No one says things like that because it is so obviously a silly point of view. But then I would argue, so is the first. Incidentally, the only person who has ever said that they have no time for fiction that I believe is Sherlock Holmes. He's fictional though (and more real than I am in another sense) so who can say?

I shall continue this line of thought another time.


I want to wake up on the planet that never sleeps.

Tomorrow is November 5th. The Matrix Revolutions opens at precisely the same time all over the world. Here on the West Coast, that means 6 a.m. For me that means waking up at five so I can make it to Mann's (formerly Grauman's) Chinese Theatre.

Naturally, I am going. I love the fact that I get to go to a movie at SIX IN THE MORNING and then grab breakfast and go to work. The 21st century is turning out pretty cool.

What would totally make it though, is if I could go back to bed at noon. I have only myself to blame for this.


"I am of the Devil's party."

I have a number of t-shirts which I like to wear to work. Each one has a slogan or somesuch message being delivered to the denizens of my always-fair-in-the-movies-but-rather-strikingly-less-so-in-the-reality city. Here is one of them.

Another shirt I wear has a picture of Hellboy. Created by Mike Mignola, Hellboy is a demon from Hell sent during WWII to destroy the earth. However, things go awry; he's raised by a kindly scientist instead and is now the world's greatest paranormal investigator.

C'mon: How can you not love that? Hellboy is the star of comics, a couple novels, the calendar in my kitchen, and next summer: a movie.

Anyway, I wore the Hellboy shirt to work a few weeks ago. A woman I was checking out videos to noticed it and said, "Hellboy? What's that?" Not one to miss a chance to promote my favorite storytelling medium, I replied.

"Hellboy is a comic book character. He's the world's greatest paranormal investigator, who just so happens to be a demon from hell."

"Oh, I don't think I like that."

I smiled, and my tone was pure helpfulness.

"Ah, there's nothing to worry about, m'am. He may be from Hell, but he was raised by a good family; so that's all right."

"I don't think you should wear that. You know I'm a Christian and warm tapioca pudding for brains. You can tell from the nonsenical natterings pouring from my mouth that I haven't had an original thought since Carter was in office."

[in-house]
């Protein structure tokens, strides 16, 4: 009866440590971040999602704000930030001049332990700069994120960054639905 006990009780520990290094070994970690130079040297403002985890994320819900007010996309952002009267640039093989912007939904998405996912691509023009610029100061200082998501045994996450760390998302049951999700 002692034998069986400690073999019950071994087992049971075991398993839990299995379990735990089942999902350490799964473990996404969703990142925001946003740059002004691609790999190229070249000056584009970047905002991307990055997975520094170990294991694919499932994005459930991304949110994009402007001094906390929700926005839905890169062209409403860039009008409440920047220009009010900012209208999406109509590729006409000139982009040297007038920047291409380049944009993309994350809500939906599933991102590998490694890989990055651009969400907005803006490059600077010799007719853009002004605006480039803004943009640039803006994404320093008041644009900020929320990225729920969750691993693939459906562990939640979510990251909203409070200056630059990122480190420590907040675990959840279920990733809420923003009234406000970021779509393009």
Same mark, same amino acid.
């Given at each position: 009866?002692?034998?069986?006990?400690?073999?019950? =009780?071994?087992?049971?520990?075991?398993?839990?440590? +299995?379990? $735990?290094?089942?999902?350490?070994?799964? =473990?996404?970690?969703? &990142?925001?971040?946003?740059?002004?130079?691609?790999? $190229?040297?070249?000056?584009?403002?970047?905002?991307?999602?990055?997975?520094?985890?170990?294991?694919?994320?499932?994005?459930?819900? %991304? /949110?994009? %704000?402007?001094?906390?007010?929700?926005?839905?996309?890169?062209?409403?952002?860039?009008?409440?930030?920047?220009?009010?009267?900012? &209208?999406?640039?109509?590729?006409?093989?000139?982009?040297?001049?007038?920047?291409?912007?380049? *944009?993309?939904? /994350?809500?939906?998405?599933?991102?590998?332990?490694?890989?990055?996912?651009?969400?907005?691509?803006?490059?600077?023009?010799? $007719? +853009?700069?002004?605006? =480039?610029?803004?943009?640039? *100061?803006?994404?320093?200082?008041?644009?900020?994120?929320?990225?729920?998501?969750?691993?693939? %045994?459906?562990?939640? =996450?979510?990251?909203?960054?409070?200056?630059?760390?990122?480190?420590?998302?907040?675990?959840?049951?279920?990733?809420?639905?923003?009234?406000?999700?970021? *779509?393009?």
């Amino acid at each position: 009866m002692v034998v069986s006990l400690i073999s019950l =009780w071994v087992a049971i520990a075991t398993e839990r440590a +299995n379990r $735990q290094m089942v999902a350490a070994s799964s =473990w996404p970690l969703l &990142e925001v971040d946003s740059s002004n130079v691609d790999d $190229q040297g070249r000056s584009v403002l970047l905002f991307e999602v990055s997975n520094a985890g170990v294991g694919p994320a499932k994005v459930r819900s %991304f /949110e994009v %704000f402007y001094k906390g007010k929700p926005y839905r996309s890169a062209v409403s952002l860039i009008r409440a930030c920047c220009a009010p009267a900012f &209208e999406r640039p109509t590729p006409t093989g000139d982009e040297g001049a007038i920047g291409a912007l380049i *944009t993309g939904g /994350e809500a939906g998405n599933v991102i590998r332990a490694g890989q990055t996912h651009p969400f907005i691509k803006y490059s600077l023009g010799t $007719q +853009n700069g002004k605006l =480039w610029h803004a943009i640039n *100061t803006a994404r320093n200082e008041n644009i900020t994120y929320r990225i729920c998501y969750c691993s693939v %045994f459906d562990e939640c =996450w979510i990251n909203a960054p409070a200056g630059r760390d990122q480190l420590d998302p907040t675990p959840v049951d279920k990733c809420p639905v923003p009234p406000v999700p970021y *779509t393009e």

Okay, you got me. The woman did not say any of the above after the word 'Christian.' She might as well have though.

Yesterday I wore a different t-shirt to work. This one is black with a lot of laughing skeletons on it. It's a Mexican 'Day of the Dead' shirt. Fine, right?

Wrong. The same woman shows up. She reminds me of our previous exchange, and hands me a flyer that she made herself.

It was a photocopy, and the original was written in pen. Presumably she wrote it, but it might have been hashed out by some other imbecile. The flyer (which I do not have beside me) proclaimed that we should: Boycott Halloween! Boycott the Devil's Day! and then a whole lot of crap about how Satanists sacrifice animals to the Devil and try to get our children and we need to put the Devil out of business (as if he has a storefront operation), etc. and so on.

She was going on about all this verbally as well while backing out the door. The other people in line were laughing at her.

It occurred to me that in my entire life I have never been proselytized to by a Satanist. No one has ever approached me and extended an offer to attend services in worship of Their Satanic Majesty. Ever been invited to an orgy by a Satanist or a Midsummer's Midnight Picnic of Evil (B.Y.O.V.)?

No, you probably haven't and neither have I. Which is too bad, as the picnics sound particularly memorable.

I am so sick of Born Again Christian doorknobs accosting me to tell of their Big Jewish Superhero. What, do they think I've never heard it before? That I'll mistake the bovine gleam in their eyes for the spark of intelligence and a novel way of looking at the world? The point of view they present on a regular basis is like a McDonald's Super-Sized Anathema Shake, and I'm not having any.

By the way, has anyone seen the t-shirts, stickers, etc. with 'Real Men Love Jesus' on them? Am I the only one who immediately pictures a big Mexican with oiled muscles and a leer getting all the man love he can handle? Maybe.


I hate L.A.

Maybe you haven't heard, but there's a transit strike going on in Los Angeles. This of course means that I have even less of a social life than usual, and getting to work on time is a problem on the best of days.

It's difficult to love a city that is routinely run with such blatant incompetence. It makes me think that I'd love to move back to Chicago, or to Seattle, or someplace else with a fine line in public transportation.

Right now, Seattle is winning for two reasons:

One, I've never lived there.

Two, I have friends who live there and are fun to drink with.

Three, the girls seem to like weird guys there and that suits me down to the ground.

I can't move anywhere at present though. I haven't gotten what I came for. Yet.



On October 22nd I will be reading an original piece to a group of people at the Schindler House in Los Angeles. It's for some shindig in honor of the Disney Concert Hall, which is opening downtown.